How to recover from financial hardship in retirement

Americans can live a long time in retirement, so it makes sense to prepare for financial shocks.

  • By Brian O'Connell,
  • U.S. News & World Report
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Most retirees eventually experience a financial hardship. It could be a divorce, a serious illness or injury, a severe stock market plunge or seeing a family business go under. Some advance planning can make it easier to recover from a financial setback.

Here are some common ways to deal with financial hardships in retirement:

  1. Remedy your situation.
  2. Build an emergency fund.
  3. Ask for financial help.
  4. Create a wealth account.
  5. Take out a 401(k) loan.
  6. Use a reverse mortgage.

Remedy your situation

Depending on the nature of the hardship, you might be able to take steps to improve the situation. You could go back to work for a period of time. “Earning more income could be to get another job or start a side gig that can earn money,” says Brendan Sheehan, managing director at Waymark Wealth Management in Marlborough, Massachusetts.

Another way to increase your income is to improve your investment strategy. “Earning a better rate of return on your assets often means seeking more aggressive investments in your portfolio,” Sheehan says. “Often retirees keep more cash than they should and ultimately earn a lower rate of return than the rising cost of living. I call this losing money safely.”

Reducing expenses can also help your savings to last longer. One way to realize big savings is to move to a less expensive town or city.

Build an emergency fund

It’s not always easy, but a good way to combat unexpected expenses in retirement is by creating an emergency fund. “The fund should contain at least three months' worth of living costs in case of an unforeseen event such as unemployment or sudden medical expenses,” says Tommy Gallagher, founder of Top Mobile Banks in Berne, Switzerland.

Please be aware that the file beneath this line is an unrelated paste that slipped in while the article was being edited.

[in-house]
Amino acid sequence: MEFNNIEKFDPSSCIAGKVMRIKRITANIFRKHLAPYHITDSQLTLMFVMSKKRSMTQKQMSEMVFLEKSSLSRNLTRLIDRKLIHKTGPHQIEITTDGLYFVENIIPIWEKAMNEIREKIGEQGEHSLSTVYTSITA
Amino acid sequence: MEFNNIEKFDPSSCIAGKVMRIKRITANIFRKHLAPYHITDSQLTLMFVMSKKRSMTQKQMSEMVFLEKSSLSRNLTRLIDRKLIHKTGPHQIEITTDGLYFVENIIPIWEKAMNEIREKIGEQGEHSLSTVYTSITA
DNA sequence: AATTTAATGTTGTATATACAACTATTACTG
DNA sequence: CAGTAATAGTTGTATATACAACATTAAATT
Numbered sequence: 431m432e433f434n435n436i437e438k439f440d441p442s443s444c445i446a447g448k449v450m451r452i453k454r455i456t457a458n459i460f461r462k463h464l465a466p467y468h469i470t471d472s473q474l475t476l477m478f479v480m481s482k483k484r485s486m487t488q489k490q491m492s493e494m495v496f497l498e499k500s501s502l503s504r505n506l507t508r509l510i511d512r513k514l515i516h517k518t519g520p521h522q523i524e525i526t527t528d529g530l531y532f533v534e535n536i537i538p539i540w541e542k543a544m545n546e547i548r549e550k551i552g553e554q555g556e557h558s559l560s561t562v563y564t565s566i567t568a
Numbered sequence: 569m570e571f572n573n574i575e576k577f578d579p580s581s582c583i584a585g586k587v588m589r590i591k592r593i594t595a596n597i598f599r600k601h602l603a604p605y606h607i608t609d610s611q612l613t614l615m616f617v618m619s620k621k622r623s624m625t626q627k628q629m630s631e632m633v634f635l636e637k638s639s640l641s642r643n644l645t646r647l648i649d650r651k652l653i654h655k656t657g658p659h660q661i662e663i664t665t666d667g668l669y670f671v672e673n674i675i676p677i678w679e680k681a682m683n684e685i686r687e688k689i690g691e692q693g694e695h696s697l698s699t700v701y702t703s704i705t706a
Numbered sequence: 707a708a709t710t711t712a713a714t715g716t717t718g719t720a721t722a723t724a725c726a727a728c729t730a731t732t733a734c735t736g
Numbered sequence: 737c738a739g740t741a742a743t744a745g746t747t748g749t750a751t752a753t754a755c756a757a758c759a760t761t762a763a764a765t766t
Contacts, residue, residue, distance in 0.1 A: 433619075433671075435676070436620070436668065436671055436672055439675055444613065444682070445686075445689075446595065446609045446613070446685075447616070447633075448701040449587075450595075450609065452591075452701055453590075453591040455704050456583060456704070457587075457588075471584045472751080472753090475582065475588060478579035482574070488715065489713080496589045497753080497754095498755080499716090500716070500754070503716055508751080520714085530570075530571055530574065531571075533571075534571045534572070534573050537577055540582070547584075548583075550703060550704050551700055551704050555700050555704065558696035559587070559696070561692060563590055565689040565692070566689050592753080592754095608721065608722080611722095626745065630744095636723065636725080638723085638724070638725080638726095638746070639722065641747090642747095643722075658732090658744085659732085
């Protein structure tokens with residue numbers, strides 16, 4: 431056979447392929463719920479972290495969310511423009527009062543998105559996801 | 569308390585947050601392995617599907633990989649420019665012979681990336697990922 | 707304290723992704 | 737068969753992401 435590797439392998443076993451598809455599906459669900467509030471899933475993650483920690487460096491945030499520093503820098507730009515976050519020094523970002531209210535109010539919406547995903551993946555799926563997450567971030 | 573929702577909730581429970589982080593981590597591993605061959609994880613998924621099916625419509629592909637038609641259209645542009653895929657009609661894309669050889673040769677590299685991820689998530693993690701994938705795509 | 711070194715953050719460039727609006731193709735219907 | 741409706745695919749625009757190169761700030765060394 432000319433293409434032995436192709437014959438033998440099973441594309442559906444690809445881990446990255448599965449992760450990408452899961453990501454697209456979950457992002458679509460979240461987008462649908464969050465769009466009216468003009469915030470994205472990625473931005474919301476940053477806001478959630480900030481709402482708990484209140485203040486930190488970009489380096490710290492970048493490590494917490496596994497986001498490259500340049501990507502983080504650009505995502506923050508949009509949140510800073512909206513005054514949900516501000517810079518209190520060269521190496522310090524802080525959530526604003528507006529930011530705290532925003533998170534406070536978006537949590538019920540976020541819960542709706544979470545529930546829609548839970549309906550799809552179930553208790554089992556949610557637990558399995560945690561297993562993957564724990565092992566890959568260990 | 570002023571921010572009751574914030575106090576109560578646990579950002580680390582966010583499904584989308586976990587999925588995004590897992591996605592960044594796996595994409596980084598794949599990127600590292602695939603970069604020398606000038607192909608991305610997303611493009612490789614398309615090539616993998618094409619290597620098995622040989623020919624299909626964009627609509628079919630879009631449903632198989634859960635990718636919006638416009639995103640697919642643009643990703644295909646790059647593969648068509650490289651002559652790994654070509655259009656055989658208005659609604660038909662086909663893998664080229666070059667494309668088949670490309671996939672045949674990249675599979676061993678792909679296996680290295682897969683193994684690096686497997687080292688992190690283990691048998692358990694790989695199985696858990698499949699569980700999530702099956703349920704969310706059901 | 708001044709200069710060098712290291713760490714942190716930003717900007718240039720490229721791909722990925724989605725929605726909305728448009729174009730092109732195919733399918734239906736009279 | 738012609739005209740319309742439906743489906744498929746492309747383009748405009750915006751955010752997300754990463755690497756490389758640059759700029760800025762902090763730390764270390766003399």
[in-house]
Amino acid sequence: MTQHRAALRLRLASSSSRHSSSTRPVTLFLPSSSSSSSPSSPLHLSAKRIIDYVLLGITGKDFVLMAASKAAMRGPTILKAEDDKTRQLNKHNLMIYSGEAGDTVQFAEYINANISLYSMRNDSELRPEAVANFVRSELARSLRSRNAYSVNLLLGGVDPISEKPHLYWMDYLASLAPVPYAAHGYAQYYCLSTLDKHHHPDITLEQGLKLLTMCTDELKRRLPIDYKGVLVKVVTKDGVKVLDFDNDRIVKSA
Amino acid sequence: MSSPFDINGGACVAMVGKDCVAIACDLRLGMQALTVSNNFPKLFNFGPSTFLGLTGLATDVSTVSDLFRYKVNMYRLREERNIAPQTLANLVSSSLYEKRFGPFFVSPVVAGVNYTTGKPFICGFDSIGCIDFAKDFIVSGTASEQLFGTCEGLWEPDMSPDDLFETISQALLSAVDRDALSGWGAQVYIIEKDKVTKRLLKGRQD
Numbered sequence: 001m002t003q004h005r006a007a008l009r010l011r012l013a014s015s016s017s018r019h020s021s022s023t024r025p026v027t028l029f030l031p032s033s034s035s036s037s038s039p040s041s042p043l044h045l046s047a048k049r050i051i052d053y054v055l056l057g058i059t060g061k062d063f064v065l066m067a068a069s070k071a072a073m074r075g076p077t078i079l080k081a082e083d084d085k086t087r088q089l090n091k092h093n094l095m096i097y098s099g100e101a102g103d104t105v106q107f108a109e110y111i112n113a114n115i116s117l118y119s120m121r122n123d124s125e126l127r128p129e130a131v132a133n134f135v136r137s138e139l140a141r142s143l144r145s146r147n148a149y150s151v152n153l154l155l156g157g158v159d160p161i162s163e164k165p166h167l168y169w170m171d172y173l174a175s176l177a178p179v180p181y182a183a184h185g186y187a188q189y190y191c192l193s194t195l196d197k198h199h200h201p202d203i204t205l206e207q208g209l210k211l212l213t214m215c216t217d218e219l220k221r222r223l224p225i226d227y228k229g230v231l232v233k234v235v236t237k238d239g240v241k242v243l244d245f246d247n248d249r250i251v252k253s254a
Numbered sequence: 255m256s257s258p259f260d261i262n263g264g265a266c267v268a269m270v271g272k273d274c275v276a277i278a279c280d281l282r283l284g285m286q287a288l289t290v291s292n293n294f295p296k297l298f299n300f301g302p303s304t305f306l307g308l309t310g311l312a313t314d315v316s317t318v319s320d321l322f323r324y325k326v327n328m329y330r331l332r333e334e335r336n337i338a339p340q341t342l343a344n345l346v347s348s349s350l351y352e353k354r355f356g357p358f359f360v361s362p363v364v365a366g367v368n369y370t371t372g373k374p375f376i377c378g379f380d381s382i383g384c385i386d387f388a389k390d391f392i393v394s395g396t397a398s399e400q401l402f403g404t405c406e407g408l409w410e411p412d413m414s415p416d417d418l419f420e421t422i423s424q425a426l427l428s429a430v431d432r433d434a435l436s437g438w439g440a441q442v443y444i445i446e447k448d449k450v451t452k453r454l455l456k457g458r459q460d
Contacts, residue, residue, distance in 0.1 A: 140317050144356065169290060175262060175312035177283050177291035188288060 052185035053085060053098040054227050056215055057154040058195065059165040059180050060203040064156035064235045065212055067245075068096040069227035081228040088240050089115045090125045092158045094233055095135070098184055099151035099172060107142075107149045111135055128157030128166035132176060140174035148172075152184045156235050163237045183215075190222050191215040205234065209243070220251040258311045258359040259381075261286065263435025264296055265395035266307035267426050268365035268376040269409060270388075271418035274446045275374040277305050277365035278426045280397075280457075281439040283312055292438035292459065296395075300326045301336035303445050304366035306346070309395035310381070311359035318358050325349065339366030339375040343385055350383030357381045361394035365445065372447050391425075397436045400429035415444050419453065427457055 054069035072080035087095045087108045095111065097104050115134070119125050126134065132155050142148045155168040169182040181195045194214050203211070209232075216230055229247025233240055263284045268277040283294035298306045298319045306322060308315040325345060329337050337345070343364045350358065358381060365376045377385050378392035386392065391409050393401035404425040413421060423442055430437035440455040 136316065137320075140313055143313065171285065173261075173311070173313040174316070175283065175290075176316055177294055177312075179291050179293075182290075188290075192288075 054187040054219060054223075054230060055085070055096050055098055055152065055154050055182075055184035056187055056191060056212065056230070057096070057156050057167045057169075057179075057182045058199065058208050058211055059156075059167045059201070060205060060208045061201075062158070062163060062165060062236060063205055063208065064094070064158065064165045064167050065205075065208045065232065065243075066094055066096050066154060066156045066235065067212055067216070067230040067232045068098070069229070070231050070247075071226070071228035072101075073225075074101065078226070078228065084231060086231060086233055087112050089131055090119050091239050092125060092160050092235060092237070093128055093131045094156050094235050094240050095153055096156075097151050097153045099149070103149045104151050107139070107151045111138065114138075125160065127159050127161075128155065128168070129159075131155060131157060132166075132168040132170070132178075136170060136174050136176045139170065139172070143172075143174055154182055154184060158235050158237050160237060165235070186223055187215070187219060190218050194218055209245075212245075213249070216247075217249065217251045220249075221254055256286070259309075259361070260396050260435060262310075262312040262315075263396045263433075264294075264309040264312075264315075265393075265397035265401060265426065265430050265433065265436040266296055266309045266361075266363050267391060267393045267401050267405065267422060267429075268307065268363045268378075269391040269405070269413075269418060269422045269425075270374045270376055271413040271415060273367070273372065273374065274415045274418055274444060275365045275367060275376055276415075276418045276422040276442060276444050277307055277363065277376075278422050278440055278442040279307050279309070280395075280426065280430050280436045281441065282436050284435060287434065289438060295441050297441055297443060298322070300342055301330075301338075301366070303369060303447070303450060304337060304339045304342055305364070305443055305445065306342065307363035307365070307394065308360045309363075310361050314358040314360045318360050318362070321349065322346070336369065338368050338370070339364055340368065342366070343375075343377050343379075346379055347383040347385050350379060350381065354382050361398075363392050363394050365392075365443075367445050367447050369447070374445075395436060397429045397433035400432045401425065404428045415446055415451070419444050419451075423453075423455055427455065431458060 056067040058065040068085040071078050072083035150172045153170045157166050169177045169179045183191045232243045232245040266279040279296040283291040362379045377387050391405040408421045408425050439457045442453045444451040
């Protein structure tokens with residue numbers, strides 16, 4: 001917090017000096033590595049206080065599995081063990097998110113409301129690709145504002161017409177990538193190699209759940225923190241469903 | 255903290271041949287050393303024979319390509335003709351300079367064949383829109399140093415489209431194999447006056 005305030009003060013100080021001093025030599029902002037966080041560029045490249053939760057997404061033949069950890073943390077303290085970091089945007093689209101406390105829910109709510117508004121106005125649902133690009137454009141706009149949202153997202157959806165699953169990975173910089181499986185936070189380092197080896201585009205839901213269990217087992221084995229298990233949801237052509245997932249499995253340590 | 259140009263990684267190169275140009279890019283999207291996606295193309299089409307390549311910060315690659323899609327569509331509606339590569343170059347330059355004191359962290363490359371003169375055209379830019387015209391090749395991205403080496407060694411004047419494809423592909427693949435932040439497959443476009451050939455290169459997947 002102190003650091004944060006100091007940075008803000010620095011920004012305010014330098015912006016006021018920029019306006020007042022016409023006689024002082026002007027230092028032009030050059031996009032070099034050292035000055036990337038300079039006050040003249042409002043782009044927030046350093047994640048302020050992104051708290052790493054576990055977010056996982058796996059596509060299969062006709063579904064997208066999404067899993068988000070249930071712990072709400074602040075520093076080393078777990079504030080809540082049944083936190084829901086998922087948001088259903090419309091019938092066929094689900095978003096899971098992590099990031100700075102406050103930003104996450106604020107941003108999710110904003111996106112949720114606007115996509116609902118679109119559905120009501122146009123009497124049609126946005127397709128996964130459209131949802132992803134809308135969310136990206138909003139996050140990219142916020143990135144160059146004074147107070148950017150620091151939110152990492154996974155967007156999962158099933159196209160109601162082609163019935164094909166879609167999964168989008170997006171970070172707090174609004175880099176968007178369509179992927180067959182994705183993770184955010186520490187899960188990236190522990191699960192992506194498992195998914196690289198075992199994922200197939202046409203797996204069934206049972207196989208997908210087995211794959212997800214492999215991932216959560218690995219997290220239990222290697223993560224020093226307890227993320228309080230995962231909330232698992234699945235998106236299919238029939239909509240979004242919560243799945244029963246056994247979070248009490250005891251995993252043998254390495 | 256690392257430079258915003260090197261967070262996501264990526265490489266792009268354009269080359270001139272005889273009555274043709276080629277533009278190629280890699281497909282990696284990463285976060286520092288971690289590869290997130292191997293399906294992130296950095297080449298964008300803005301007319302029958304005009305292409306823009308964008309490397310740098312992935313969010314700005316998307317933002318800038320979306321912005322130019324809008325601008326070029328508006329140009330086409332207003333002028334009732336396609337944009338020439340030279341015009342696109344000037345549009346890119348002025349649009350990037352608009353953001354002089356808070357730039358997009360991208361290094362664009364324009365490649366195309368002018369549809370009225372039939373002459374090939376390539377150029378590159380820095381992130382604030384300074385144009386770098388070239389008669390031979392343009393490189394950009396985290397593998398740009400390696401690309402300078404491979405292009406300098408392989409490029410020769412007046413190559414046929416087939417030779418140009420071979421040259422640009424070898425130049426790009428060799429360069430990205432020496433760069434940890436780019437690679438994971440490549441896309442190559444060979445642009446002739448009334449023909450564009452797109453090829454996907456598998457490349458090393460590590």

Ask for financial help

Many people turn to family and friends in times of financial need. You can receive gifts of up to $16,000 completely tax-free. In 2023, that figure rises to $17,000. If you work out a loan with a family member, make sure you spell out the conditions necessary to fulfill the terms of the loan.

Create a wealth account

If you find out that you have come out a little ahead at the end of a given month, you can put aside those funds for the future to help absorb a financial shock down the road. “This account can be a passbook savings account, and it's only designed to catch money that’s left over at the end of the month,” says Chuck Czajka, founder of Macro Money Concepts, a financial advisory firm in Stuart, Florida. “Then establish how much of that should be put into an emergency fund of six months or more using the assets you’ve accumulated in the wealth account."

Take out a 401(k) loan or a personal loan

A personal loan from your bank or a 401(k) loan can help alleviate a tough situation. “If you plan on borrowing to ease a financial hardship, you must also have a plan to pay it back, or you're just trading one hardship for another,” says Brandon Ashton, director of retirement security at Cornerstone Financial Services in Southfield, Michigan. “A part-time job and a reduction in excess expenses can also go a long way in both preparing for and getting out of a financial crisis."

Leverage a reverse mortgage

If the financial hardship is onerous, you can consider a reverse mortgage as a last resort. The most common type of reverse mortgage is a loan insured by the Federal Housing Administration, which is also called a home equity conversion mortgage. “It allows seniors 62-plus to access home equity and turn it into cash,” says Edward Herda, vice president of brand strategy for American Advisors Group in Irvine, California. “Borrowers choose a reverse mortgage because it allows them to remain in their home, as long as they meet the loan terms, and provides funds that can greatly supplement their retirement income.”

Seniors can use a reverse mortgage to free up cash to cover other important expenses. “The proceeds can be used in various ways, like paying health care costs or financing home renovations," Herda says. "A reverse mortgage helps seniors cover unforeseen expenses.”

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